|The Spring 2008 edition of the EMC Society Newsletter introduced the Society membership to the newly created Completed Careers Committee. Bruce Archambeault, Don Heirman, Andy Drozd, Don Sweeney and I comprise the committee. As chairman, I would like to personally thank the committee for all the hard work that was put in to taking a vision and turning it into a reality.
The goal of the committee is to make sure EMC Society members who pass away are recognized and honored. In order for the committee to be successful though, it depends on our EMC Society Chapter Chairs and general members to inform the committee when a local EMC Society Chapter member or colleague has passed away.
If you know of an IEEE EMC Society member that has recently passed away, please notify the committee so they may be included in the next edition of the Newsletter. Please send information to Bob Davis, firstname.lastname@example.org.
In this issue, we recognize with great respect IEEE Life Fellow David Middleton, a member of the IEEE EMC Society.
A Life Remembered: Dr. David Middleton,
Pioneer of Modern Statistical Communication Theory
Dr. David Middleton, physicist and pioneer of modern Statistical Communication Theory, died on 16 November 2008 at the age of 88. He devoted his career to the study of information transfer and signal processing with numerous applications in radar, underwater listening devices, satellite technology, and wireless communications.
Born in New York City in 1920, he graduated from Deerfield Academy (1938), Harvard College (1942), and received his Ph.D. from Harvard in 1947. In 1960, he published An Introduction to Statistical Communication Theory, which today remains the seminal text for the field. For over 50 years Middleton taught and inspired his graduate and doctoral students at Harvard University, Rensselaer Polytechnic Institute, Columbia University, Johns Hopkins University, University of Texas, Rice University, and the University of Rhode Island. He was a consultant to various government agencies and served on advisory boards, including the U.S. Naval Research Advisory Committee (1970-1977) and the Supercomputing Research Center, Institute of Defense Analysis (1988-91).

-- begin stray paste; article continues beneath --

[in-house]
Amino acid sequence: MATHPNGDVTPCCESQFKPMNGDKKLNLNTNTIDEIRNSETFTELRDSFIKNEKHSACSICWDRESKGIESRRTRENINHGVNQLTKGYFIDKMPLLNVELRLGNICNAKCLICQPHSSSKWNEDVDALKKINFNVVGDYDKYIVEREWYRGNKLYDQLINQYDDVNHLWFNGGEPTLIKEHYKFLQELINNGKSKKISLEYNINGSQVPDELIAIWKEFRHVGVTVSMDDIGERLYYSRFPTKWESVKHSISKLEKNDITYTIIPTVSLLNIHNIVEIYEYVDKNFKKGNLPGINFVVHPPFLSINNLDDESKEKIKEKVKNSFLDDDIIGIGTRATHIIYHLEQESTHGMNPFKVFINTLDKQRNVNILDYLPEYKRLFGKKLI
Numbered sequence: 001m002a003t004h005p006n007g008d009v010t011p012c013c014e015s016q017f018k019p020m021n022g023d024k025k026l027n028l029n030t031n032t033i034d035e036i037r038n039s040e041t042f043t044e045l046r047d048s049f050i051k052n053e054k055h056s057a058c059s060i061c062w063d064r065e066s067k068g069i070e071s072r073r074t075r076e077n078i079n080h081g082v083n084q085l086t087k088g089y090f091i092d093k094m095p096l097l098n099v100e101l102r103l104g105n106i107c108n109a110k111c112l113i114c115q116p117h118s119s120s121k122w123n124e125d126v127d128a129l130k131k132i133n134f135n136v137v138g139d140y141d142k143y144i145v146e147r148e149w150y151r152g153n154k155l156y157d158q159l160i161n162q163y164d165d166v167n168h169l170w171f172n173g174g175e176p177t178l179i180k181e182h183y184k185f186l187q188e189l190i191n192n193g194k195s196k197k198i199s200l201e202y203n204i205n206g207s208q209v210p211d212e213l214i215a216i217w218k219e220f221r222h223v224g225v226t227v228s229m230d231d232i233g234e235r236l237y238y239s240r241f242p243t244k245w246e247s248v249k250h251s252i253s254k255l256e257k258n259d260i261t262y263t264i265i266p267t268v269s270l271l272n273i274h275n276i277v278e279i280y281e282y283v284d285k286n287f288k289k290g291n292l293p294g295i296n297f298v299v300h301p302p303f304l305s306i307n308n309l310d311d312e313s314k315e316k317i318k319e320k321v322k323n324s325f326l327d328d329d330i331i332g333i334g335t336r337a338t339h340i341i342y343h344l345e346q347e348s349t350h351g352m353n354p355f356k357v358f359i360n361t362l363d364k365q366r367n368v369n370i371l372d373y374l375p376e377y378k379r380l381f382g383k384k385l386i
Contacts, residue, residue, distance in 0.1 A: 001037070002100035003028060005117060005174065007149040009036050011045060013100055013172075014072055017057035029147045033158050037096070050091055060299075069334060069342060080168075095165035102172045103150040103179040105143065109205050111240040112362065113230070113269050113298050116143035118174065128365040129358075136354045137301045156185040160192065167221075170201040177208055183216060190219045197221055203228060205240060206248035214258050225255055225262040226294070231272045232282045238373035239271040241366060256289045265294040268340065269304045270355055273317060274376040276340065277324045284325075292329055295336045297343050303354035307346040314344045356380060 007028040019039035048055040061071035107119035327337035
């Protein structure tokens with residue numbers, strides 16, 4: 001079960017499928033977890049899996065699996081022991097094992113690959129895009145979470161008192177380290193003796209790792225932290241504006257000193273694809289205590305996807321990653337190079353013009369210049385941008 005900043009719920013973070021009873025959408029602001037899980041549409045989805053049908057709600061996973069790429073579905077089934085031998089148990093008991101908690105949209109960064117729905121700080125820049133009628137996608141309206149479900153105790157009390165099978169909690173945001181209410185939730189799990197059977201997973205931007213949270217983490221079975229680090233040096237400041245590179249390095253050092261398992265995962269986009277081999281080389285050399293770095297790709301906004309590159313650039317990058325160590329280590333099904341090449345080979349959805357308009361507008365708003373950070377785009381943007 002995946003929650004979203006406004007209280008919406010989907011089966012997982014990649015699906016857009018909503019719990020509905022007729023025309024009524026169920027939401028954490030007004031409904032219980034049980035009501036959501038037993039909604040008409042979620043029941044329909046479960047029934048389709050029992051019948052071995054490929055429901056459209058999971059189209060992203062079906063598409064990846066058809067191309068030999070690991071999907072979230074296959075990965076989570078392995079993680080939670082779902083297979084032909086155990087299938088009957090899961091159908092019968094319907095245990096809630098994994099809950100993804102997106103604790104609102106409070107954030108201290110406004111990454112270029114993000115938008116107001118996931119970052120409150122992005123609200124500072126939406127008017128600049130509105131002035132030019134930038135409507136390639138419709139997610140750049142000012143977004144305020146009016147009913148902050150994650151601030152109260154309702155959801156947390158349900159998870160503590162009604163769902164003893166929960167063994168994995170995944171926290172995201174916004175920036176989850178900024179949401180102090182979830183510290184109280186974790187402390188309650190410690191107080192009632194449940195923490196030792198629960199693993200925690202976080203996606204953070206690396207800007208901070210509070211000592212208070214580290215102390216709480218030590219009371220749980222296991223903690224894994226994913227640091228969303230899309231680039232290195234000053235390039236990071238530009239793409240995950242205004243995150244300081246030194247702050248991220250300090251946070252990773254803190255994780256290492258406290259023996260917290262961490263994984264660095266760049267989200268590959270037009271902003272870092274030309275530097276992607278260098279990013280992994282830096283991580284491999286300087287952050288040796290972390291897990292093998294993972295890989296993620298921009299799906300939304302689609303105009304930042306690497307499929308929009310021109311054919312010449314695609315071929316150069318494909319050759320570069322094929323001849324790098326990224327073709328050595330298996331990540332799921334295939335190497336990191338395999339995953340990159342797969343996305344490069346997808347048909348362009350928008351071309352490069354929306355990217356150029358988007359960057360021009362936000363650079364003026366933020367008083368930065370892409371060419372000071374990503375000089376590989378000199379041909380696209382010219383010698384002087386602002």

In 1958 Middleton was elected a Fellow of the IEEE “for contributions to the theory of noise in electronic systems” and attained Life Fellow status in 1986. He was also a Fellow of the American Physical Society, the Acoustical Society of America, the New York Academy of Sciences, The Electromagnetics Academy of MIT, the National Academy of Engineering, and the AAAS. Other memberships included the American Mathematical Society, the Explorers Club, Sigma Xi, Phi Beta Kappa, and the Authors Guild. Throughout his career, he received numerous honors and prizes for his work and publications.
More than a physicist, Middleton believed in the importance of participating in and cultivating the arts and humanities. He was meticulous in crafting the prose for his books and papers, believing there was no excuse for scientists and engineers to be mediocre writers. He read widely, collecting books on history, philosophy, biography, art, and music. He enjoyed listening to music from the Classical and Romantic eras, and played the piano—especially Beethoven, Schubert, and Chopin—with great dexterity and feeling. Over the years he created many elegant line drawings of imaginative scenes and characters. Middleton loved the Cape Cod seashore, where he spent part of every summer or fall with his family, playing tennis and enjoying the ocean and walks in nature. He could tell outrageous puns and was very fond of cats.
At the time of his death, he was actively working on Elements of Non-Gaussian Statistical Communication Theory: A Space-Time Treatment, the sequel to his first book. It summarizes his work of over 65 years in Statistical Communication Theory as well as presenting results from more recent research gained by adding nonlinear effects and time analysis to earlier methods. The sequel will be published posthumously in some form.
To share with future generations the body of knowledge he amassed during his lifetime, Middleton arranged to donate his personal technical library to the University of Maryland. He chose MIT to be the new home for his consulting contracts and related papers.
During his lifetime, the IEEE History Center conducted two oral histories with Dr. David Middleton. The first interview, conducted in February 2000, covers Middleton’s academic and consulting careers, as well as his involvement in IEEE. The second, conducted in August 2007, is a follow-up to the 2000 interview. Both oral histories can be accessed through the IEEE Global History Network at ghn.ieee.org. EMC